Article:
Collective bargaining facilitation
Where collective bargaining runs into serious difficulties, one or more of the bargaining parties can ask the Employment Relations Authority to help resolve their differences. This is known as 'facilitation'.
However, the Authority can only facilitate bargaining in certain circumstances. These circumstances are where:
- there has been a serious and sustained breach of good faith that has undermined the collective bargaining
- the bargaining has been unduly drawn out and extensive efforts to resolve the parties' differences have failed
- there has been a lengthy or acrimonious strike or lockout, or
- a strike or lockout has been proposed that would substantially damage the public interest.
If the Authority agrees to assist the parties, the Authority member responsible will decide what process will be used to assist bargaining. The facilitation process takes place in private.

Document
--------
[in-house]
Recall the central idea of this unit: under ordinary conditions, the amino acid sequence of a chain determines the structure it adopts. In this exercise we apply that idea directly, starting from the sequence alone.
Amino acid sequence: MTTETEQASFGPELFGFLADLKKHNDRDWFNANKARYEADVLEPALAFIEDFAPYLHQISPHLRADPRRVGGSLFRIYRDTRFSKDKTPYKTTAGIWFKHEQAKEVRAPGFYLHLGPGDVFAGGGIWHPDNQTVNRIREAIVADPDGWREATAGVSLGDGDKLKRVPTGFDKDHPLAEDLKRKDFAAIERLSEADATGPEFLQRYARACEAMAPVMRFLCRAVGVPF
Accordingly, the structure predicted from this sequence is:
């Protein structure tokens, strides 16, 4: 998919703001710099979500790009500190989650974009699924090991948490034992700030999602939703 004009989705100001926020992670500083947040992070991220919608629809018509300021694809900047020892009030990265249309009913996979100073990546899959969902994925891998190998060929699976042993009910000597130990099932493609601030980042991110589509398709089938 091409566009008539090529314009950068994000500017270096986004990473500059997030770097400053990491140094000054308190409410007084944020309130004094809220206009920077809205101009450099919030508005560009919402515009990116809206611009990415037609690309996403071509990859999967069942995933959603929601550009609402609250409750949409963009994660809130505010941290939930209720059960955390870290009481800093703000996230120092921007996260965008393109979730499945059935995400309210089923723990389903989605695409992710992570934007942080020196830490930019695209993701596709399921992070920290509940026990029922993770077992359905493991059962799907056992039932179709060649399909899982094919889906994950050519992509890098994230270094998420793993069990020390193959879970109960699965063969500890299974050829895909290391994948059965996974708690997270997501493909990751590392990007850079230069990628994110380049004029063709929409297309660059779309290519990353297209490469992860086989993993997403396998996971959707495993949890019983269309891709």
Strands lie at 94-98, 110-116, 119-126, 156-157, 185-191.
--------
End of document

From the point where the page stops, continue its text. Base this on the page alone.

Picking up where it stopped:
During facilitation, bargaining continues and employers and employees are not prevented from using strikes and lockouts.
At the end of the facilitation process, the Authority can make recommendations about:
- the process the parties should use to reach agreement
- the terms and conditions of the collective agreement.
The parties do not have to follow the Authority's recommendations, but they must consider the recommendations, in good faith, and cannot reject the recommendations without first considering them.
The Authority may choose to make its recommendations public in the interests of reaching a settlement.